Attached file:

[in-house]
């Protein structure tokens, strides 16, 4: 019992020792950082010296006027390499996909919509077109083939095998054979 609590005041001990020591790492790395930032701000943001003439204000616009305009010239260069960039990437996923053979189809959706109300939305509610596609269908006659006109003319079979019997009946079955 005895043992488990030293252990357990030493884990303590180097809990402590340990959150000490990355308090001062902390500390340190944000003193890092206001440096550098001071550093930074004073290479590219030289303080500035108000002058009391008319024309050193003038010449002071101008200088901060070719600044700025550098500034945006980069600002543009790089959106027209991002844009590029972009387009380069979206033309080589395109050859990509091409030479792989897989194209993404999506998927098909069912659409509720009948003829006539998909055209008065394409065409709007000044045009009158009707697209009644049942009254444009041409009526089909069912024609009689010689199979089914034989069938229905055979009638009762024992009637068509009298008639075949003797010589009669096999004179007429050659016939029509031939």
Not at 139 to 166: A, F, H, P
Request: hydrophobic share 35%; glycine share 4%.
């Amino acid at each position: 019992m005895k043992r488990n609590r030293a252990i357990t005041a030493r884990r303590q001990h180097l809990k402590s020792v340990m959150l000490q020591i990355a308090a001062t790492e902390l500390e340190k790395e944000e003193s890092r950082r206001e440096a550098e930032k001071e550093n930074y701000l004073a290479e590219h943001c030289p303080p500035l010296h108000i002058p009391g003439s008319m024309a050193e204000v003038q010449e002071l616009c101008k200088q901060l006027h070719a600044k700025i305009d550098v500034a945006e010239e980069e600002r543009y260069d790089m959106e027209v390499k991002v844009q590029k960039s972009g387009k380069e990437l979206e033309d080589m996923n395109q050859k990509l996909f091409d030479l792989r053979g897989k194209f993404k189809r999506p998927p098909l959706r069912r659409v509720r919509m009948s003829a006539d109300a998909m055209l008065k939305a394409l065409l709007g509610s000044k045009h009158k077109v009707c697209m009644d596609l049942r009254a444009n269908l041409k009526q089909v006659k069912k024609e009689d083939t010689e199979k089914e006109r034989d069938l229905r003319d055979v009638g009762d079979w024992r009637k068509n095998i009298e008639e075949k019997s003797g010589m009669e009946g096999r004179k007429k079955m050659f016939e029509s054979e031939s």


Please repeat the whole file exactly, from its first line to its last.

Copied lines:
[in-house]
């Protein structure tokens, strides 16, 4: 019992020792950082010296006027390499996909919509077109083939095998054979 609590005041001990020591790492790395930032701000943001003439204000616009305009010239260069960039990437996923053979189809959706109300939305509610596609269908006659006109003319079979019997009946079955 005895043992488990030293252990357990030493884990303590180097809990402590340990959150000490990355308090001062902390500390340190944000003193890092206001440096550098001071550093930074004073290479590219030289303080500035108000002058009391008319024309050193003038010449002071101008200088901060070719600044700025550098500034945006980069600002543009790089959106027209991002844009590029972009387009380069979206033309080589395109050859990509091409030479792989897989194209993404999506998927098909069912659409509720009948003829006539998909055209008065394409065409709007000044045009009158009707697209009644049942009254444009041409009526089909069912024609009689010689199979089914034989069938229905055979009638009762024992009637068509009298008639075949003797010589009669096999004179007429050659016939029509031939």
Not at 139 to 166: A, F, H, P
Request: hydrophobic share 35%; glycine share 4%.
């Amino acid at each position: 019992m005895k043992r488990n609590r030293a252990i357990t005041a030493r884990r303590q001990h180097l809990k402590s020792v340990m959150l000490q020591i990355a308090a001062t790492e902390l500390e340190k790395e944000e003193s890092r950082r206001e440096a550098e930032k001071e550093n930074y701000l004073a290479e590219h943001c030289p303080p500035l010296h108000i002058p009391g003439s008319m024309a050193e204000v003038q010449e002071l616009c101008k200088q901060l006027h070719a600044k700025i305009d550098v500034a945006e010239e980069e600002r543009y260069d790089m959106e027209v390499k991002v844009q590029k960039s972009g387009k380069e990437l979206e033309d080589m996923n395109q050859k990509l996909f091409d030479l792989r053979g897989k194209f993404k189809r999506p998927p098909l959706r069912r659409v509720r919509m009948s003829a006539d109300a998909m055209l008065k939305a394409l065409l709007g509610s000044k045009h009158k077109v009707c697209m009644d596609l049942r009254a444009n269908l041409k009526q089909v006659k069912k024609e009689d083939t010689e199979k089914e006109r034989d069938l229905r003319d055979v009638g009762d079979w024992r009637k068509n095998i009298e008639e075949k019997s003797g010589m009669e009946g096999r004179k007429k079955m050659f016939e029509s054979e031939s």